Hey there, time traveller!
This article was published 9/2/2014 (1286 days ago), so information in it may no longer be current.
You know there’s a problem when Dilma Rousseff, the president of perhaps the most soccer-crazed nation on Earth, has to resort to a public-relations campaign to sell Brazil on the benefits of hosting the FIFA World Cup this year.
It’s a telling response to a stunning turn of events: Since June, when thousands of middle-class Brazilians hit the streets to protest shoddy public services and overspending on soccer stadiums, the World Cup has gone from a source of pride to a political liability. The video No, I Am Not Going to the World Cup by Carla Dauden became the rallying cry of many angry Brazilians. So many Brazilians made such a stink that FIFA President Sepp Blatter in July wondered "whether we made the wrong decision awarding the hosting rights" to Brazil.
The real problem for Rousseff is that she is seeking re-election in October. A poor showing as a World Cup host just months before the vote could deal a blow to her bid. No wonder Rousseff is so eager to persuade Brazilians to smile for the cameras.
Daily newspaper O Estado do S. Paulo quoted an unnamed Rousseff administration official last week as saying that the campaign to generate support for the World Cup is designed to prevent people from "getting carried away by the madness." The madness in question refers to a campaign titled Nao Vai Ter Copa ("There Isn’t Going to Be a Cup") that has grown popular on social media. Last month, Rousseff’s Worker’s Party created the hashtag #VaiTerCopa ("There’s Going to Be a Cup") on Twitter in response.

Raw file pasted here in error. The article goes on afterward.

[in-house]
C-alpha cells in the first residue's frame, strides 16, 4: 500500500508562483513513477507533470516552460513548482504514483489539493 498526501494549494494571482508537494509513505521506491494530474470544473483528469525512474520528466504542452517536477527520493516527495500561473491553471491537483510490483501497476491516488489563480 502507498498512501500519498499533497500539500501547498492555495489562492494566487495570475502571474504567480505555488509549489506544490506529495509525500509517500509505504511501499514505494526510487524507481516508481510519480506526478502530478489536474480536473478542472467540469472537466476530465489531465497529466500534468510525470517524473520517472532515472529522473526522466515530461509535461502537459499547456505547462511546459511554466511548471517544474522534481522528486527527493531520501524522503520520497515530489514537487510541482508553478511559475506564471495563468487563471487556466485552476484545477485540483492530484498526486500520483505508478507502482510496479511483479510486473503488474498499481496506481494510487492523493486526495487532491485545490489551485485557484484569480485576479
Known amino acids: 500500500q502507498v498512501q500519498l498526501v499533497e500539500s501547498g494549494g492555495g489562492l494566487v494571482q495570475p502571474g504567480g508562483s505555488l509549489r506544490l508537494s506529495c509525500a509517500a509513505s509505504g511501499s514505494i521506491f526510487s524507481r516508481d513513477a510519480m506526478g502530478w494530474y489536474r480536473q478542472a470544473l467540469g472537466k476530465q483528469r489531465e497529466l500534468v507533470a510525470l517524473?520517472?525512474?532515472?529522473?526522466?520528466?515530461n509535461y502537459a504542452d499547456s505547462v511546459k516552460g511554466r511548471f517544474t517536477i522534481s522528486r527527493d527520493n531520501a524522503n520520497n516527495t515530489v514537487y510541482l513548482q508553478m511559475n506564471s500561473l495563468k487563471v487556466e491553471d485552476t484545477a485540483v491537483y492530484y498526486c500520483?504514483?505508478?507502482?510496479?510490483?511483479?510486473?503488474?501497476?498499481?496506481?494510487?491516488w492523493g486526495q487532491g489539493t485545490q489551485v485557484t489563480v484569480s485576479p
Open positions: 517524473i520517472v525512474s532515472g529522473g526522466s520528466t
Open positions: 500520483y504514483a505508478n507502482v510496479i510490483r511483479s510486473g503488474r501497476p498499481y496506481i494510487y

That Rousseff is in full campaign mode is undeniable. She attended the World Economic Forum at Davos last month for the first time in an effort to win over investors amid Brazil’s recent lacklustre economic performance. The political timing of the PR campaign is so obvious that Rudolf Kunz, a columnist for O Estado do S. Paulo, in a column on Saturday said Rousseff’s decision to name a new communications minister was an attempt "to face with more vigour negative news and more carefully guard the party’s interests."
Global soccer star Pele also came to the World Cup’s defence last month when he begged protesters "not to spoil the party."
"I hope people have good sense: Allow the World Cup to go on," he argued. "Then we can make up for what politicians are stealing or diverting. That is a separate problem. Soccer only brings foreign exchange and benefits for Brazil."
Brazil has bigger problems than protesters outside the stadiums where the games will be played. As of early January, six out of 12 World Cup stadiums still weren’t ready. Recent protests suggest that security measures may not be enough for the event. And Brazil’s airlines and airports lack the capacity to handle demand from soccer fans flying back and forth between cities.
The reality is Rousseff’s administration is far less popular than the global soccer tournament. A survey by Brazil’s Datafolha published in October showed that 63 per cent of Brazilians support the World Cup. Those are better numbers than Rousseff’s approval rating of about 41 per cent as of November, according to a separate Datafolha survey.
Last week, Jose Americo Dias, a spokesman for the Worker’s Party, spun Brazilians’ dissatisfaction with Rousseff. Brazilians are fed up with politicians in general, he said. "If the Cup has any political significance this year, it won’t be against Dilma but in favour," he added. "That is because we have the conviction that the competition will be an absolute success."
Whether Brazilians’ anger and frustration with Rousseff’s administration is justified is a matter to be settled at the polls. But the president’s troubles aside, Brazil’s long-term brand is the far more important issue. Brazilians concerned about that image, and their own economic fortunes, should hope all goes well with the World Cup.
Raul Gallegos is the Latin American correspondent for Bloomberg View’s World View blog.